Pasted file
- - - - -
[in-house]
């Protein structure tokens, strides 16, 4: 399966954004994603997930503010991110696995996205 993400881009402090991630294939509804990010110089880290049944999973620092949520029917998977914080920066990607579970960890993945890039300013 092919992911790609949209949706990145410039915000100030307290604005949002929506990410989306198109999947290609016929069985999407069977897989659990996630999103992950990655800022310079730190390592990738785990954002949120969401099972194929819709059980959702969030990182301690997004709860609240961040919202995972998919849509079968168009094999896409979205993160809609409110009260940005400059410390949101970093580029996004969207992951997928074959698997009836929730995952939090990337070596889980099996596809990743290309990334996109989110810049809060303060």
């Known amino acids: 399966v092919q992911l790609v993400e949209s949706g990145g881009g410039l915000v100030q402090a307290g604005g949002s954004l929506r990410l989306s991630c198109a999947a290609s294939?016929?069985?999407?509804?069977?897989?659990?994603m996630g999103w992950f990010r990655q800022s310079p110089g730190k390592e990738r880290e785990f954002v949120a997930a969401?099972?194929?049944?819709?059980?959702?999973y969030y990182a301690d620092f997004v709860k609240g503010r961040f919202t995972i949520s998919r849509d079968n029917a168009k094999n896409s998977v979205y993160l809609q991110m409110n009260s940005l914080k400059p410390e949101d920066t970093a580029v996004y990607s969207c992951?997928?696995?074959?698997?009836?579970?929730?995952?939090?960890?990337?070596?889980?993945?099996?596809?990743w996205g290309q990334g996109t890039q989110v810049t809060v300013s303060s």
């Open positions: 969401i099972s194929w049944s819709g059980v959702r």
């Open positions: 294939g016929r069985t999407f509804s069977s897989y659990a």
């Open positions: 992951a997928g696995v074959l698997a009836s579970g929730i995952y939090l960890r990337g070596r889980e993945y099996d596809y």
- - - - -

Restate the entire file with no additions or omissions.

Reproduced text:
[in-house]
């Protein structure tokens, strides 16, 4: 399966954004994603997930503010991110696995996205 993400881009402090991630294939509804990010110089880290049944999973620092949520029917998977914080920066990607579970960890993945890039300013 092919992911790609949209949706990145410039915000100030307290604005949002929506990410989306198109999947290609016929069985999407069977897989659990996630999103992950990655800022310079730190390592990738785990954002949120969401099972194929819709059980959702969030990182301690997004709860609240961040919202995972998919849509079968168009094999896409979205993160809609409110009260940005400059410390949101970093580029996004969207992951997928074959698997009836929730995952939090990337070596889980099996596809990743290309990334996109989110810049809060303060």
């Known amino acids: 399966v092919q992911l790609v993400e949209s949706g990145g881009g410039l915000v100030q402090a307290g604005g949002s954004l929506r990410l989306s991630c198109a999947a290609s294939?016929?069985?999407?509804?069977?897989?659990?994603m996630g999103w992950f990010r990655q800022s310079p110089g730190k390592e990738r880290e785990f954002v949120a997930a969401?099972?194929?049944?819709?059980?959702?999973y969030y990182a301690d620092f997004v709860k609240g503010r961040f919202t995972i949520s998919r849509d079968n029917a168009k094999n896409s998977v979205y993160l809609q991110m409110n009260s940005l914080k400059p410390e949101d920066t970093a580029v996004y990607s969207c992951?997928?696995?074959?698997?009836?579970?929730?995952?939090?960890?990337?070596?889980?993945?099996?596809?990743w996205g290309q990334g996109t890039q989110v810049t809060v300013s303060s």
């Open positions: 969401i099972s194929w049944s819709g059980v959702r």
């Open positions: 294939g016929r069985t999407f509804s069977s897989y659990a």
């Open positions: 992951a997928g696995v074959l698997a009836s579970g929730i995952y939090l960890r990337g070596r889980e993945y099996d596809y």